Despite this challenging year, it is time to celebrate. From Diwali to Hanukkah to Christmas, this is the season, no matter your faith, religion or beliefs. Even with differences, these festivities are united in their focus on light, either symbolically through the use of candles, or metaphorically through ideas of hope.
As teachers, the hope we instil in our learners is not about the seasons but is a continuous process. It is often achieved through praise – in recognition of any, or all, contributions made by students. But, how necessary and productive are a teacher’s everyday ‘praise phrases’? Is a teacher a constant cheerleader, or should there be more emphasis on quantity and quality?
In the classroom, these ‘praise phrases’ might include ‘thank you, clever girl.’
Teachers’ praise is an efficient tool to motivate learners, instilling both a feeling of comfort and confidence. It is almost a reflex action, but what is the teacher thanking the student for? More importantly, is a student really clever just because they provided that particular answer?
Here at Teach 2030, we believe that teachers need to consider the effectiveness of a student’s answer and instead praise skill, so learners understand exactly what – and how – they are achieving. Our Growth Mindset course delves more deeply into this topic, outlining the scientific support behind the theory. Changing habits can be challenging, but our high quality and contextualised professional development courses encourage teachers to model the continuous learning and growth expected in their own classrooms.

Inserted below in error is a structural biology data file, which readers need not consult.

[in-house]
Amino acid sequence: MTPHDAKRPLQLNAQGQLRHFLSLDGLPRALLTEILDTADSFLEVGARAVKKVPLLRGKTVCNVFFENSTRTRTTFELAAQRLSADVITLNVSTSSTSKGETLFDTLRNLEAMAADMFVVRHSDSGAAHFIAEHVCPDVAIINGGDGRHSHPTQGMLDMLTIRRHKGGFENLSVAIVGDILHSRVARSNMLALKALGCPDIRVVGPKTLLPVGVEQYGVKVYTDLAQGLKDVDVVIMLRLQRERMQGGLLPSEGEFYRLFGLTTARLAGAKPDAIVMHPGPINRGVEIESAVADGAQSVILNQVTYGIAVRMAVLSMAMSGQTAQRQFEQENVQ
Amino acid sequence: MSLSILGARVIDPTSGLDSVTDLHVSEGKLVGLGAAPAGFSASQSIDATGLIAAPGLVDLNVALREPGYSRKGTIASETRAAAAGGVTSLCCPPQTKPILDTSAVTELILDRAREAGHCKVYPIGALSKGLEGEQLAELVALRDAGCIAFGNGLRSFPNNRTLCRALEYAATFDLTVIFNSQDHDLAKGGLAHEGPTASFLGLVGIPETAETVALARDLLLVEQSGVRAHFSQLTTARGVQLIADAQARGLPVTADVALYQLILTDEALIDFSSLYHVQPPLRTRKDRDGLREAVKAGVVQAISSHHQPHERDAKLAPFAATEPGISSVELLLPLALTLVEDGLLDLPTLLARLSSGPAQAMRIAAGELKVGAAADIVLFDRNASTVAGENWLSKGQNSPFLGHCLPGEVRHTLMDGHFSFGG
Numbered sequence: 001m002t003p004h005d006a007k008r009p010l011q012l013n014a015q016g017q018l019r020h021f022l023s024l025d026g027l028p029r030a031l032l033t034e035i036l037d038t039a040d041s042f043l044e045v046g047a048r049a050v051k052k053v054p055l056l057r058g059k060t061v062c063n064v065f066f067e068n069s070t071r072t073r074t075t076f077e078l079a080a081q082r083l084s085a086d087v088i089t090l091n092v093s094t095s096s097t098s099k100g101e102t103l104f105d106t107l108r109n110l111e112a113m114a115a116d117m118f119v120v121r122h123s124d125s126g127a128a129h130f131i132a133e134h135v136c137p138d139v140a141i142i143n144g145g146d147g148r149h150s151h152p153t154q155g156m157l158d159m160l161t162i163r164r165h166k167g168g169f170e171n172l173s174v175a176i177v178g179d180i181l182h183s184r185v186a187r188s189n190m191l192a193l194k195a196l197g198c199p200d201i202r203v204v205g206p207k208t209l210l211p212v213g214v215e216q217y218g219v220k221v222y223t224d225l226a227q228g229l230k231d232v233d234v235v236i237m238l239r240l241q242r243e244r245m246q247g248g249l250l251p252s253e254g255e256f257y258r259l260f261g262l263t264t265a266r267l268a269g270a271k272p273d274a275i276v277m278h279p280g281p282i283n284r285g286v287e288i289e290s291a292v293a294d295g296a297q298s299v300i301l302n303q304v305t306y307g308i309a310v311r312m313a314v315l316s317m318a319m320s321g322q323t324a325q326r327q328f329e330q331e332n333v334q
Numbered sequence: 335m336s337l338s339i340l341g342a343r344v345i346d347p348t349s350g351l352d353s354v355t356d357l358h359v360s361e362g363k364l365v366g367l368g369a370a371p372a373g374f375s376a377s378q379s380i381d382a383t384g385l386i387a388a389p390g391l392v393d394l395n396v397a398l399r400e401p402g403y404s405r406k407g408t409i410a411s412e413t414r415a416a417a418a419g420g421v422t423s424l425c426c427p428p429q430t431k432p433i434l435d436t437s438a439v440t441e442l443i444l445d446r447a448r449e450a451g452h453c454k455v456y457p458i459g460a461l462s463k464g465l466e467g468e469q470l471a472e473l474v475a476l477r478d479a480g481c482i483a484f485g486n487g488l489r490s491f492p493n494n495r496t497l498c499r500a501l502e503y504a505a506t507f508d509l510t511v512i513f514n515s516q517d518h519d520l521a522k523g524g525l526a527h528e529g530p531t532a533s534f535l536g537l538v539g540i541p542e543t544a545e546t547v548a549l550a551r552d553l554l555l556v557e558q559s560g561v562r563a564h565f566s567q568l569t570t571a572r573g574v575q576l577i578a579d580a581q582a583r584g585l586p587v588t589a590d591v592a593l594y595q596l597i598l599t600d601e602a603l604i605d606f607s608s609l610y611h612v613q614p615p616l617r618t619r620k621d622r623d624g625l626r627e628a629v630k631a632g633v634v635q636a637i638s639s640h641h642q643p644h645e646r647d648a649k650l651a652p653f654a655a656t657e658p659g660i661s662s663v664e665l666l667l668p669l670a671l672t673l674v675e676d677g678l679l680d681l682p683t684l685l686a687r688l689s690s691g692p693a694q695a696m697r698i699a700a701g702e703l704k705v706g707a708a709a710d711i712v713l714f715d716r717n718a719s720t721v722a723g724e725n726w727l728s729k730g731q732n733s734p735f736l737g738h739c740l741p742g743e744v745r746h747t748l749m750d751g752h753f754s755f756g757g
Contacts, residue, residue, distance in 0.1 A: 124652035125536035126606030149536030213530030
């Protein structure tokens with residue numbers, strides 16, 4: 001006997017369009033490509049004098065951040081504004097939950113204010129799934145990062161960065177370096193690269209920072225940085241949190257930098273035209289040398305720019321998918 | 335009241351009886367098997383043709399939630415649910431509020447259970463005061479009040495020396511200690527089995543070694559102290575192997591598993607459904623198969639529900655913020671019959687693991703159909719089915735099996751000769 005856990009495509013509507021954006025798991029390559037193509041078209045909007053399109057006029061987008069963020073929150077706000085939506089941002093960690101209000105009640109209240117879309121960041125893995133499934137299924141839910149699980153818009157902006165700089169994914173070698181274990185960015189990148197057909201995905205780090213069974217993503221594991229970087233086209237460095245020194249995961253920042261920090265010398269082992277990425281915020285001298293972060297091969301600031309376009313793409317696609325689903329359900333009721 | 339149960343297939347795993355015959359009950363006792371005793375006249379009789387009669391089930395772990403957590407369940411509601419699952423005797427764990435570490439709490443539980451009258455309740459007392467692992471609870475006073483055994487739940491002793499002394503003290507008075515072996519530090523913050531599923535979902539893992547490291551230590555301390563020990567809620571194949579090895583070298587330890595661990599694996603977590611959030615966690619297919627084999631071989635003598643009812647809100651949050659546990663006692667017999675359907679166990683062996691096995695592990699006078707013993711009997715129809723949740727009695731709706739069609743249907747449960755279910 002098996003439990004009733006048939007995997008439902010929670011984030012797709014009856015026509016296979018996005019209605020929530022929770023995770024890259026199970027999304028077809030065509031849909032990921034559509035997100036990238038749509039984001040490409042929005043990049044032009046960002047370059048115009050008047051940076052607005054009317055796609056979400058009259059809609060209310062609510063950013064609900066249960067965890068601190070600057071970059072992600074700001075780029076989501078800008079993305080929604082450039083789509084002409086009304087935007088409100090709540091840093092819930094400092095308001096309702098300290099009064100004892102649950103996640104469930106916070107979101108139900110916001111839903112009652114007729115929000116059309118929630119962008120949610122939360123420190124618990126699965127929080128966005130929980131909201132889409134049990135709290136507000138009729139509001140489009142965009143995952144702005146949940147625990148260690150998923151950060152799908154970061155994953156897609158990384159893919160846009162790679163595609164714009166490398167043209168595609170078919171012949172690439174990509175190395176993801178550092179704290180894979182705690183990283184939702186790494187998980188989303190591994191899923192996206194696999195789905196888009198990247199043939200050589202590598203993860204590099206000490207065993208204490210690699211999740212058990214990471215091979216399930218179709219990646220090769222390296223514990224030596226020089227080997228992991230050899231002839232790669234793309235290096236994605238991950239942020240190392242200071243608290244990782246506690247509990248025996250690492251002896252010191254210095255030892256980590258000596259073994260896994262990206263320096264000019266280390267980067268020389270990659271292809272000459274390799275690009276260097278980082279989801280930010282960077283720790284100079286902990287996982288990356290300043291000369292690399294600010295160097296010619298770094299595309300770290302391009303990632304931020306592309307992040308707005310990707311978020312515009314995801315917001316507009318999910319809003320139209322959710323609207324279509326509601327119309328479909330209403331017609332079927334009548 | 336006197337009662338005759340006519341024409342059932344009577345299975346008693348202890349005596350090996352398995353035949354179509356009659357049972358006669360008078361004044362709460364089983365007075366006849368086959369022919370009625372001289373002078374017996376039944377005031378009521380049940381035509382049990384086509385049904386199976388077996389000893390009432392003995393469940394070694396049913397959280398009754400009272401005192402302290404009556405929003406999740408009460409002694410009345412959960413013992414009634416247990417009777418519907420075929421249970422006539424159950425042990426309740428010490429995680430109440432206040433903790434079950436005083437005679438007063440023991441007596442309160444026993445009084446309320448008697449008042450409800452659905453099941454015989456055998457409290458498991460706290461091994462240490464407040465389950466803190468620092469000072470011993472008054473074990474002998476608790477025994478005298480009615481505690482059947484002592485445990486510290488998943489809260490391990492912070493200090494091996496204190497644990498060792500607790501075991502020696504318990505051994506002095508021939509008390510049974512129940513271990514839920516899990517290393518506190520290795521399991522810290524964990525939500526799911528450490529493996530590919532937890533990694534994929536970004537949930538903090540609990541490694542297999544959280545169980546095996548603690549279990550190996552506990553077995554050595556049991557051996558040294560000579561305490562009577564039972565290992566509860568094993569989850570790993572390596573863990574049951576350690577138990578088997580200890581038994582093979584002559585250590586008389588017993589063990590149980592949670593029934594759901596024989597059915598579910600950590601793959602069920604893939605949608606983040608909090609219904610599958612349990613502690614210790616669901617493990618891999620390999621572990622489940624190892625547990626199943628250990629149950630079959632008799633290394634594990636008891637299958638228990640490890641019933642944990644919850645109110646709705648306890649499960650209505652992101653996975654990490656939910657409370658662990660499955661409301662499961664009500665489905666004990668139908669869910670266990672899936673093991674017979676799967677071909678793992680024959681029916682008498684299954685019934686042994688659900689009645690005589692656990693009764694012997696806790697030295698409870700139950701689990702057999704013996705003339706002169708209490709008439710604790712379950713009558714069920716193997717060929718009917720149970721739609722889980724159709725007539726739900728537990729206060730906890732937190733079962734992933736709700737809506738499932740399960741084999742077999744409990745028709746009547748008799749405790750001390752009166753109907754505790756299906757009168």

Meet Emmanuel Anya, one of our Teach 2030 ambassadors based in Nigeria.
He has implemented skills learnt from our Growth Mindset course by adapting his praise strategies:
‘I used the growth mindset strategy of praising the effort rather than intelligence of my students. This is to change the fixed mindset that giving the correct answer in class makes one intelligent. I always asked my students to give reason/show evidence why the answer they gave was correct.’
Emmanuel later describes the positive impact that these simple adjustments have had in his classroom:
‘This also built their critical thinking skills, and…encouraged hard work and team spirit among my students. My students’ mindset has changed. They now know it’s not just enough to get the correct answer but to also show evidence why the answer is correct. My class is now participatory and my students creative.’
These benefits of professional development teacher strategies, like praising effectively, means Emmanuel can celebrate learning in a way that floods his students with both hope and light. 2020 has been a year dominated by the Covid pandemic-19, so this impact seems more important and significant than ever.
Let us celebrate your achievements by sharing your professional development stories and successes with us on our Facebook and Instagram pages.
For more information on our ‘Growth Mindset’ course, visit our Teach2030 course home page.